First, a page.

PhD Program

The Department of Political Science at the University at Buffalo makes every effort to insure that students in its Doctoral Program receive both breadth and depth of training that enables them to excel as teachers and researchers in the discipline. All students are required to take four Department Core Courses: Introduction to Political Inquiry (PSC 500), Basic Statistics for Social Science (PSC 508), plus two of the following: Intermediate Statistics for Social Science (PSC 531), Formal Theory (PSC 533), or any other advanced methods course approved by the Graduate Committee.

In addition, all students are required to take the Core Courses in three of the four fields: American politics, Comparative Politics, International Politics, and Public Law. Students then proceed to more advanced study in their specialized fields. Students are permitted to take the comprehensive examinations only after they have satisfied these requirements and passed the requirement of a professional quality qualifying paper in one of their two major fields. The qualifying paper is evaluated by three faculty in the field. Once these requirements have been fulfilled, the candidate proceeds to the dissertation stage.

Finally, each successful
doctoral student must teach at least one course in our undergraduate curriculum with full responsibility for the course syllabus, classroom lectures, and the evaluation of student performance. The graduate student’s performance as an instructor is evaluated by at least one faculty member.

Four subject areas are regularly offered as major or minor fields in which the Ph.D. Comprehensive Examinations may be taken: American Politics, Comparative Politics, International Politics, and Public Law. Students may also arrange by special prior arrangement to take a minor field in Methods of Inquiry. Students interested in the Methods area as a minor field should consult with their advisor and the Director of Graduate Studies soon after entering the program.



l. Course Work Requirement. Students in the Ph.D. program must complete 72 credit hours, including at least 54 hours of substantive course credit and up to 18 hours of dissertation guidance. No more than 24 hours of transfer credit may be applied toward the doctoral degree. Six hours for teaching or research (PSC 599 or PSC 600) may be applied toward the doctorate, including 599 or 600 credits previously applied toward the Master’s degree. A maximum of 15 credit hours (5 courses) may be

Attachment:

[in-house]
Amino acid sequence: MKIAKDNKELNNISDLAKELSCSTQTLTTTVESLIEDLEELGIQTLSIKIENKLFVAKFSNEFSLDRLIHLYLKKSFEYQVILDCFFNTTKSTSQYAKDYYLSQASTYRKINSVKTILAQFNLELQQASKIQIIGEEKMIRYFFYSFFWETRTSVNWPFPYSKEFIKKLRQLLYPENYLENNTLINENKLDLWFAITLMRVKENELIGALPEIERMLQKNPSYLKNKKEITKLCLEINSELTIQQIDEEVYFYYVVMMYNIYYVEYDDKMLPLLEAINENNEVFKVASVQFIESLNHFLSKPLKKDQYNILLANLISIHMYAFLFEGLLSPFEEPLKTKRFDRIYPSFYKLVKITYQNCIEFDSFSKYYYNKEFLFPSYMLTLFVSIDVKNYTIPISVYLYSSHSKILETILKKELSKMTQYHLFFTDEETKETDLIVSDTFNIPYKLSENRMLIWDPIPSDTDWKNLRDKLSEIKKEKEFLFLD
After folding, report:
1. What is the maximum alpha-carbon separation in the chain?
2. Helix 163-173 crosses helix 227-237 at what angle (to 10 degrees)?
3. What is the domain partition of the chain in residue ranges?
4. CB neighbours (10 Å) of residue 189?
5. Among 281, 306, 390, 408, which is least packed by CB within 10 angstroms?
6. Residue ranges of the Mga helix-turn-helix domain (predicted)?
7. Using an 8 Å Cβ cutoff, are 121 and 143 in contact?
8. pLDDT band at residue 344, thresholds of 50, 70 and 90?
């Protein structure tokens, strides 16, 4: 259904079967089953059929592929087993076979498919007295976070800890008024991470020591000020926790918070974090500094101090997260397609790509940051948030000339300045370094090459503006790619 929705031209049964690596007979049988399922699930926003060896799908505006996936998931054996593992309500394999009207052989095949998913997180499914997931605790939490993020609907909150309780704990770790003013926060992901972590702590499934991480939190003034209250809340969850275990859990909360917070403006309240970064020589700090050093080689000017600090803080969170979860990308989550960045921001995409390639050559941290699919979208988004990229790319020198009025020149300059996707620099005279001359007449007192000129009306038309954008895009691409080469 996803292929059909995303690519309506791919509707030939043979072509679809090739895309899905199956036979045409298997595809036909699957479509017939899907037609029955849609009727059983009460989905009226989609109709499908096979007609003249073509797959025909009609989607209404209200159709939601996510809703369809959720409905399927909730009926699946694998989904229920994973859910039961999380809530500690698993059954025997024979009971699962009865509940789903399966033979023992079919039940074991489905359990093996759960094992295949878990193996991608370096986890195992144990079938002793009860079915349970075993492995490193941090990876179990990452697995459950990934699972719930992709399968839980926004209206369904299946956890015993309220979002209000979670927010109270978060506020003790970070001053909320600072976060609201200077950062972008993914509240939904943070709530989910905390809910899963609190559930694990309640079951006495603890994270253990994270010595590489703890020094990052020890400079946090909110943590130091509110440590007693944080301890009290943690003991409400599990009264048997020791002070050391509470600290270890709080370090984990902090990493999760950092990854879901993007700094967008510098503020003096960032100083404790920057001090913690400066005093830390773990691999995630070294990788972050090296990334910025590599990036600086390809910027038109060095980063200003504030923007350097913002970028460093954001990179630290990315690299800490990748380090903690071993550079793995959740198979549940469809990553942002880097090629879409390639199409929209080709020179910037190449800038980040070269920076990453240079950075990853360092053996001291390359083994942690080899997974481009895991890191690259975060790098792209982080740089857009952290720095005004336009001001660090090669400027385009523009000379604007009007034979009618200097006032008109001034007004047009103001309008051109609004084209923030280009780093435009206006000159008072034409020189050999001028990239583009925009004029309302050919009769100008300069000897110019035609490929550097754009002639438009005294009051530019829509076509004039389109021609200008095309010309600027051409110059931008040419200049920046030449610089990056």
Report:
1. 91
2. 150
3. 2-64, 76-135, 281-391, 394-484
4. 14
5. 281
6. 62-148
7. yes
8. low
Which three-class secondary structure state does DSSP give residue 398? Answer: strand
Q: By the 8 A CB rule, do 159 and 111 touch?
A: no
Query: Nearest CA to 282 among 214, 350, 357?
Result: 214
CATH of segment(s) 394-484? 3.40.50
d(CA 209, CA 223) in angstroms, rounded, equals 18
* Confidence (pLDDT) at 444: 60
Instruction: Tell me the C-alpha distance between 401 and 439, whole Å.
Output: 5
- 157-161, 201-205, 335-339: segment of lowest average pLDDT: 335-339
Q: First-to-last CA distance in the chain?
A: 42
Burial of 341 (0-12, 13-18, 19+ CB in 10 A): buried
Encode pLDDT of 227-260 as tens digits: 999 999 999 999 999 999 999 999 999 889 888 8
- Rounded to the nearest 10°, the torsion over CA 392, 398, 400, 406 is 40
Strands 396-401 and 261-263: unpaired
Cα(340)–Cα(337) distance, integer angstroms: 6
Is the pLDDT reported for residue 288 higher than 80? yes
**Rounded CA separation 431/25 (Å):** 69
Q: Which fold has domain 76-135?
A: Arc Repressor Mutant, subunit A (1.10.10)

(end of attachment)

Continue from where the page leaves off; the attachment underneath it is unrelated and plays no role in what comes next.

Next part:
taken outside the Department, subject to prior approval by the Director of Graduate Studies.

2. Teaching Requirement. All students in the Ph.D. program are required to teach an undergraduate course in a field in which they are qualified. This requirement applies whether or not the student is funded. Normally this requirement is fulfilled after the student has taken the comprehensive examinations, but exceptions can be made for qualified students based on student wishes and department teaching schedules.

In fulfilling the requirement, students will assume full responsibility, under faculty supervision, for all phases of the preparation, instruction, and grading of the course. Prior experience in college level teaching may be taken into account in satisfying this requirement.

It is now university policy that "professional faculty from each department should directly monitor and supervise all teaching and graduate teaching assistants." In order to comply with this policy, the D.G.S. will assign a faculty supervisor to each graduate instructor. It is the responsibility of the graduate instructor to meet with the faculty supervisor on a regular basis beginning the semester prior to the actual teaching of the course in order to discuss such matters as course content, syllabus, required readings, examinations and other appropriate assignments, grading policy, and other related matters. Textbooks should be ordered only after both graduate instructor and faculty supervisor agree on textbook selection. Likewise, a syllabus for the
course should be published only after both graduate instructor and faculty supervisor agree on its content.